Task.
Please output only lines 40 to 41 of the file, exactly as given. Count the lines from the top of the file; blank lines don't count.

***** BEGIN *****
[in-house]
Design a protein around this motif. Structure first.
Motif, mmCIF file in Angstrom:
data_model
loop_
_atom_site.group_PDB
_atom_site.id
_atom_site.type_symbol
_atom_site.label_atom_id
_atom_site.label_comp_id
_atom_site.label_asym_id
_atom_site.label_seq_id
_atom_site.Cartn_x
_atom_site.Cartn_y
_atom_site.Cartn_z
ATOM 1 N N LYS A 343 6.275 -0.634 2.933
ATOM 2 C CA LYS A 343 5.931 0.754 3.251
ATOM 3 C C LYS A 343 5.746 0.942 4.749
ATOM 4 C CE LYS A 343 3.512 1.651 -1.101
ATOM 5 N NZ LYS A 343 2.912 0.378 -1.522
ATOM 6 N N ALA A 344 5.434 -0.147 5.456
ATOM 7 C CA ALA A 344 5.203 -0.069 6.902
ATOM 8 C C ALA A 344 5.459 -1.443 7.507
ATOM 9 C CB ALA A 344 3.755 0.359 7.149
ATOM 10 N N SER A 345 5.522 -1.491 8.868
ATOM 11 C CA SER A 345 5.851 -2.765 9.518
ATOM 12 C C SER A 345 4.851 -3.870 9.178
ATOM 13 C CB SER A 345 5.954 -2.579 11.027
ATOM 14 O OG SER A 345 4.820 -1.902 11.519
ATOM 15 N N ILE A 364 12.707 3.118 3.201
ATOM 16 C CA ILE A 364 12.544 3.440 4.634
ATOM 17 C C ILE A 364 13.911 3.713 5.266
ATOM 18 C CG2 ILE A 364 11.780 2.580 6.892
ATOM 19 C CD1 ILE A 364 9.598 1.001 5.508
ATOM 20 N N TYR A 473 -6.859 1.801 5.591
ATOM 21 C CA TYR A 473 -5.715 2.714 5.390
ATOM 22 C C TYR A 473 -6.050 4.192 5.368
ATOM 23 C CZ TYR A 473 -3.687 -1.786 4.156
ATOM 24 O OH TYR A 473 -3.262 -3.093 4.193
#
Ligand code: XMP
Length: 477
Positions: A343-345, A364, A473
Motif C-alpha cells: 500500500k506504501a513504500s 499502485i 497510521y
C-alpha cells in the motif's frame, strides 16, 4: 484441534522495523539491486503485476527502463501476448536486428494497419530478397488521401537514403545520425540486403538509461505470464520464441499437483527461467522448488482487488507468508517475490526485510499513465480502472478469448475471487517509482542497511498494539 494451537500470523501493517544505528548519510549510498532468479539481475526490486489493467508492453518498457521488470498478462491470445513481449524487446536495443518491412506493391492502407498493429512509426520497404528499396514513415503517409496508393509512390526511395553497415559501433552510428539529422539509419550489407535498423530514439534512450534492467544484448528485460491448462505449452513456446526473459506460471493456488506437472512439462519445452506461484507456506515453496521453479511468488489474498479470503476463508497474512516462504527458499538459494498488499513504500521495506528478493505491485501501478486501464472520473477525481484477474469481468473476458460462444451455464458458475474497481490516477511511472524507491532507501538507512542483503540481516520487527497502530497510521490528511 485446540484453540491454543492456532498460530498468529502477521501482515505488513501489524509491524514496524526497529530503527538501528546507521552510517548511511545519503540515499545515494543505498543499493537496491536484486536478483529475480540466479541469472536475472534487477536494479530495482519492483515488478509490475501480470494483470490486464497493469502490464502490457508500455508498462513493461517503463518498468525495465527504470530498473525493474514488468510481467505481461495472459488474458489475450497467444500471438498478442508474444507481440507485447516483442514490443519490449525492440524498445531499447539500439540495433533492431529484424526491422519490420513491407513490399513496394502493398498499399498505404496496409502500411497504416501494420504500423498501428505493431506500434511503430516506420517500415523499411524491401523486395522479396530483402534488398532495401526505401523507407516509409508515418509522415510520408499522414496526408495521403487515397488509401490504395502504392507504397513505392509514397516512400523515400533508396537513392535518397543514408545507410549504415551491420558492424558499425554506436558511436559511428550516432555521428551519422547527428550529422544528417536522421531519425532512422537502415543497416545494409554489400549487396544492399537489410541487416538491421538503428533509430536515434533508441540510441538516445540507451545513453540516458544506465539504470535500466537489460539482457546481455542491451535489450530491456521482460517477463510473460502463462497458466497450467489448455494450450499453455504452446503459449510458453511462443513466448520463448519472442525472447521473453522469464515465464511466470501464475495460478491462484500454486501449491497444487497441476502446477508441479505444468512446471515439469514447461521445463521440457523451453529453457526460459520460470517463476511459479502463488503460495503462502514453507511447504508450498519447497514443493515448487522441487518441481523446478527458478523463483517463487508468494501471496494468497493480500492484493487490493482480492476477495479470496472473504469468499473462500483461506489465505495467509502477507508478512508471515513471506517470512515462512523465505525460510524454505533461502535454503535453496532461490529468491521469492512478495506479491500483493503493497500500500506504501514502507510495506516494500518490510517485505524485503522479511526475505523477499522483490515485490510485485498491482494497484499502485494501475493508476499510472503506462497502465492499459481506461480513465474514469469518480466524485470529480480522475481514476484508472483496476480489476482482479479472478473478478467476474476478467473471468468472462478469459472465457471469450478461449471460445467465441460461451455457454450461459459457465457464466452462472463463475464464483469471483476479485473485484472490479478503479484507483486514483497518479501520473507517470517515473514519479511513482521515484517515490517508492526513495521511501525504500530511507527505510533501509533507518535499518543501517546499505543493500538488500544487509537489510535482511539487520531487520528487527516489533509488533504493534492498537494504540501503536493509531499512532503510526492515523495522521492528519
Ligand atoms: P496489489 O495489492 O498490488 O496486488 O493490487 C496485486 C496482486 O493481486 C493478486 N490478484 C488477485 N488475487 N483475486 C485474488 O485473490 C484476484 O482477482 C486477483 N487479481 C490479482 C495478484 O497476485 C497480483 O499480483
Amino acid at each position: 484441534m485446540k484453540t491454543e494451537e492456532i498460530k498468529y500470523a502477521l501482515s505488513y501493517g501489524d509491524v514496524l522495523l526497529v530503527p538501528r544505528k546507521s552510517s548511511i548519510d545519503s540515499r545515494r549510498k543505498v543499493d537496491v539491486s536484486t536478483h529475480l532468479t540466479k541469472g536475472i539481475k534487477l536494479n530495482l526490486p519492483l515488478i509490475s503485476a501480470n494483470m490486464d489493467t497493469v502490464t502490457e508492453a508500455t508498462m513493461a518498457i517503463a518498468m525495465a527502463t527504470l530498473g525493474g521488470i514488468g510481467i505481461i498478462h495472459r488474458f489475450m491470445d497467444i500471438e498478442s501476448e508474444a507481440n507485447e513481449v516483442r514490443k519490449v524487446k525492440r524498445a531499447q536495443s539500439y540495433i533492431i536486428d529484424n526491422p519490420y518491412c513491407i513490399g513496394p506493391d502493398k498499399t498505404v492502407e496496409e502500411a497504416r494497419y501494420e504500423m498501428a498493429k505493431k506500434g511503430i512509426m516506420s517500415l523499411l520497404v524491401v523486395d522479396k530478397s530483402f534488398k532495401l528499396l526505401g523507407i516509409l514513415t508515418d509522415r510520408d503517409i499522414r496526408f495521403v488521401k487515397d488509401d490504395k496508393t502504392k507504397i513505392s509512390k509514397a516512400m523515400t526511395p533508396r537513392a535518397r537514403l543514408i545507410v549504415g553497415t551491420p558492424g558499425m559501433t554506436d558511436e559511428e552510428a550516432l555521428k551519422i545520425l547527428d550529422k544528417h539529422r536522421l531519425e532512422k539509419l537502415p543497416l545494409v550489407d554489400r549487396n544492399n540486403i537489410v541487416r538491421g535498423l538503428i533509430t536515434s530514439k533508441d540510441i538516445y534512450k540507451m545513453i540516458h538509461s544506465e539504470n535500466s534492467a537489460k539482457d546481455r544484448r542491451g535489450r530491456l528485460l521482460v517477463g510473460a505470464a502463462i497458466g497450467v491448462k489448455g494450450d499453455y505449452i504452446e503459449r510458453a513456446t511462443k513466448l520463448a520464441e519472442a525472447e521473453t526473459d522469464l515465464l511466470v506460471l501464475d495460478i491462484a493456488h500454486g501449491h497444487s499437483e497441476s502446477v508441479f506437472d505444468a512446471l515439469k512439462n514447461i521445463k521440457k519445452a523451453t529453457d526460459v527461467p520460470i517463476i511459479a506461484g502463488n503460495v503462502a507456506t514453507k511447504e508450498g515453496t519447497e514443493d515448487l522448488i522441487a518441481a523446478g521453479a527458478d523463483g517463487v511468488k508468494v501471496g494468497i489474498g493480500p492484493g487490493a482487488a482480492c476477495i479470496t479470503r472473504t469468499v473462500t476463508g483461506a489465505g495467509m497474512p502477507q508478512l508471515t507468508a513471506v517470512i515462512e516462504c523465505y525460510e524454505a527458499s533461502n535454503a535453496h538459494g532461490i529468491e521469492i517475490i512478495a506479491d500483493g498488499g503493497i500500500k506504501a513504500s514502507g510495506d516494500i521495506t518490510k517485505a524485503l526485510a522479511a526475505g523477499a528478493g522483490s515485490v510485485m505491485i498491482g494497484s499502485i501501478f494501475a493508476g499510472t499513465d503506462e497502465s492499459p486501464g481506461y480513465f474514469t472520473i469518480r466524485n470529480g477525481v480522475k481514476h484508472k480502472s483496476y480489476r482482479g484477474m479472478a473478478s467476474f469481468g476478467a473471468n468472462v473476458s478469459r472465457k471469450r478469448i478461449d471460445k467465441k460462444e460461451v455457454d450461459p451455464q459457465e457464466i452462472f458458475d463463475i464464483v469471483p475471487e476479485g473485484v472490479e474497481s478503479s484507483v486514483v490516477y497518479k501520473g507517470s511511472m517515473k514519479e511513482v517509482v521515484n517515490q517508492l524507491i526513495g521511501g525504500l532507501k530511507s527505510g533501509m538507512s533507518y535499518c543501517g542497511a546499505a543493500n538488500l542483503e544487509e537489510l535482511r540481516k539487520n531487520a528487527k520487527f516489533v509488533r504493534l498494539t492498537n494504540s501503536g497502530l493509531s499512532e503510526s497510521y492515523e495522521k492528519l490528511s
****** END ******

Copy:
#
Ligand code: XMP